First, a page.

Equally innovatory was the fact that, for the first time, means-testing of the unemployed was to be a function of central rather than local government, the same rules of assessment being applied across the whole of Great Britain (separate but similar arrangements were made for Northern Ireland). Devising those rules was a challenging task. The existing policies of the public assistance authorities could not be adopted, for at least three reasons. First, there were wide differences of both policy and practice between authorities. Secondly, in the government’s view, many of the authorities had abused the trust placed in them in 1931, in some cases virtually refusing to apply a means test as a condition of eligibility for payments. Thirdly, the political acceptability of the board depended on unemployment assistance being visibly different from the Poor Law. Every aspect of the means test, therefore, came under scrutiny in the months preceding January 1935, and again in 1935-36 when the furore resulting from the introduction of the regulations had led to their virtual withdrawal and the imposition of a ‘standstill’.
My interest in these events goes back to the time, before 1966, when the UAB’s post-war successor, the NAB (National Assistance Board), was still responsible for means-tested assistance, though its responsibilities were no longer confined to the relief of the unemployed. There were close similarities between the National Assistance regulations of 1948 and the pre-war Unemployment Assistance regulations, and many of the NAB’s officials had worked for the UAB. The relevance of research into the origins and early development of the UAB to current social policy issues was self-evident. More than forty years later, although the role of means-testing in the British social security system seems more firmly established than ever, much less remains of the original structure. In this volume, therefore, no attempt is made to relate the experience of the UAB directly to the problems and solutions of the early years of the twenty-first century. That there are parallels to be drawn and lessons to be learnt will be sufficiently apparent to readers with a particular interest in the financial situation of the unemployed, the establishment of minimum incomes and the role and techniques of means-testing. Others will, I hope, find the story of the UAB worth reading for its own sake, not least for the light it throws on the machinery of government in the inter-war period and on the behaviour and attitudes of some of the participants.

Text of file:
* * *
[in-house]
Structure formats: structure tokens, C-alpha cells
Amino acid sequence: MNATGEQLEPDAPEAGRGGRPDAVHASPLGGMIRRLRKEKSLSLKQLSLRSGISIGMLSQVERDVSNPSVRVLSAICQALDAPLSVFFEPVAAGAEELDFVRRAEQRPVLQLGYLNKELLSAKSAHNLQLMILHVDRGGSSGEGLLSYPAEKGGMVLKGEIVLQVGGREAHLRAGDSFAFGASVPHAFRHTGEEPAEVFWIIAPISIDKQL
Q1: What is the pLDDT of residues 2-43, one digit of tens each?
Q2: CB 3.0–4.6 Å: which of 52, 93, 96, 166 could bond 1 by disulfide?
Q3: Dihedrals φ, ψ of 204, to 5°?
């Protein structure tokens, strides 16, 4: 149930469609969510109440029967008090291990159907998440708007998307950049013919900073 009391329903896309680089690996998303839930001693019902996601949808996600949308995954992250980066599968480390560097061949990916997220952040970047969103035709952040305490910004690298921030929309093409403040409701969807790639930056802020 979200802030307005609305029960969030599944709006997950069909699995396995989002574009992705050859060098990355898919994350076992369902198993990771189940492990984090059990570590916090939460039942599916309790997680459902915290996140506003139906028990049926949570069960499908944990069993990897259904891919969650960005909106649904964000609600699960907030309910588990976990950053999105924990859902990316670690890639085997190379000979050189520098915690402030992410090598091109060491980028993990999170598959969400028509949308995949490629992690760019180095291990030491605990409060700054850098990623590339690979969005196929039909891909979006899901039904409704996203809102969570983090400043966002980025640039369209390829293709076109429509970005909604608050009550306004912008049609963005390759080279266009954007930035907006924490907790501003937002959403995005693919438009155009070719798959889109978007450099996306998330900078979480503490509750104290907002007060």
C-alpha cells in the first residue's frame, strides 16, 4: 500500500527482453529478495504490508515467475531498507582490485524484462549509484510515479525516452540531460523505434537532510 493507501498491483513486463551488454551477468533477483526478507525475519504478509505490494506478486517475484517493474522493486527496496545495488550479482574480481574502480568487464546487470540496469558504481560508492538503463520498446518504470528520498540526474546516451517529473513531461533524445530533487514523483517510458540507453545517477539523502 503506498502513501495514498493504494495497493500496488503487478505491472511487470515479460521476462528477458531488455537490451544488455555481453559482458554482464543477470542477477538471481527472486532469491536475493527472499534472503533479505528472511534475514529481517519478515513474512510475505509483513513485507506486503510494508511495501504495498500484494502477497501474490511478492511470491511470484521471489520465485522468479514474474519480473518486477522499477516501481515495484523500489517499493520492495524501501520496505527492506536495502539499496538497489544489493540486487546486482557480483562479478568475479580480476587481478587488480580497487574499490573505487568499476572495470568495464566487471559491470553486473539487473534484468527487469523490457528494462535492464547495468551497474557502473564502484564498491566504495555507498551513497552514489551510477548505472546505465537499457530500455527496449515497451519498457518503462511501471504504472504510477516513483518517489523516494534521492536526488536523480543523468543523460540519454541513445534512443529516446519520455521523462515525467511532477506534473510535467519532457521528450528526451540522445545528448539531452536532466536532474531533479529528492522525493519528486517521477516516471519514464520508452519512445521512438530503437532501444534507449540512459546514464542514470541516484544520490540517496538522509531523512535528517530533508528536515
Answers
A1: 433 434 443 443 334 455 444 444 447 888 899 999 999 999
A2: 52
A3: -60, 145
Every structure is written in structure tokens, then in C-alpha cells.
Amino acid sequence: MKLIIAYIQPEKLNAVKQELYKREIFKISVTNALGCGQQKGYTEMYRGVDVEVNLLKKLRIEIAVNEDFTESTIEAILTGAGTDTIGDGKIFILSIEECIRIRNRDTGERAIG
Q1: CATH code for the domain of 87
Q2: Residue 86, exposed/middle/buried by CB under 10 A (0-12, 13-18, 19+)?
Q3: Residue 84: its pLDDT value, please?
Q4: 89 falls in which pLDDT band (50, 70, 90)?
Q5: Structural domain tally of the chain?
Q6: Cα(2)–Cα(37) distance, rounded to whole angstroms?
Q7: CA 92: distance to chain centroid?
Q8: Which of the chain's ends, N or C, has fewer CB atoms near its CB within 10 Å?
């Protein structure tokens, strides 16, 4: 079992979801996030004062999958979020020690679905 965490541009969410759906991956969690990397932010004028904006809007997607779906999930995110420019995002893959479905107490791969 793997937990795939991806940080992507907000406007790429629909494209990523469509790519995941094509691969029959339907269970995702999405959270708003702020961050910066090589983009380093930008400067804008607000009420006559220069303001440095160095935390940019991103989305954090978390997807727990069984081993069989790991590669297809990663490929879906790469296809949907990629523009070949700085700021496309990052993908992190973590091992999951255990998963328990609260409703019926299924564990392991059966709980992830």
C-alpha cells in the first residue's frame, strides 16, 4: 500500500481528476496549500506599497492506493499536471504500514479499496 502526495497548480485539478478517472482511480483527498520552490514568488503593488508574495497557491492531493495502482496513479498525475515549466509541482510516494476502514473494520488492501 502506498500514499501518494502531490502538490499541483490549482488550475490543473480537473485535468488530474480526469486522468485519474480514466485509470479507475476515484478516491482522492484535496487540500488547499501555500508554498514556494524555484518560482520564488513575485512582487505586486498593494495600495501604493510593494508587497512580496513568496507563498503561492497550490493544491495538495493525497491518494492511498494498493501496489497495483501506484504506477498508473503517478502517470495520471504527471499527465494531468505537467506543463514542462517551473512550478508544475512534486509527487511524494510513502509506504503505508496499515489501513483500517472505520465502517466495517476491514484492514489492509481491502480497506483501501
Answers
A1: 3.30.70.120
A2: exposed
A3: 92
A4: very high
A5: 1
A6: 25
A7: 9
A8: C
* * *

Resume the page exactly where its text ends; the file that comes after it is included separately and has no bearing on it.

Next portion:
The story is presented here mainly from the points of view of the administrators and politicians, as recorded in the official papers deposited in the National Archives. No doubt a very different account could have been written based on the memories of the unemployed men and women who depended on the board and its officers for their weekly income, but the time for writing it was half a century ago when memories of the 1930s were still fresh. Nor is it possible to give a systematic account of the way in which individual cases were dealt with, since most of the UAB files in the National Archives are concerned with the discussion of policy issues at headquarters level; only a handful of case papers from the board’s area offices has been preserved. A good deal of information about individual cases is contained in the policy files but the fact that a case was reported to headquarters implies that it was in some way untypical.
- Part I of this book is concerned with the political history of the origins of the UAB and the process of its creation, covering the period from 1931 to 1934.
- Part II covers the six months between the board’s appointment and the day in January 1935 when its offices opened to the public – a period of intensive planning and preparation, during which decisions had to be made on all the main issues of policy and administration relevant to the board’s functions.
- Part III deals with the dramatic events which followed the initial take-over of cases by the board in January-February 1935, leading to the ‘standstill’ and the drafting of new regulations which came into force in November 1936. During this period many of the fundamental policy issues had to be reviewed, a process which involved protracted negotiations with ministers, undermining the board’s status as an autonomous body.
- Part IV comprises eleven chapters, each dealing with one aspect of ongoing policy and administration and covering the whole period up to 1940, when the board’s functions were extended and its title changed.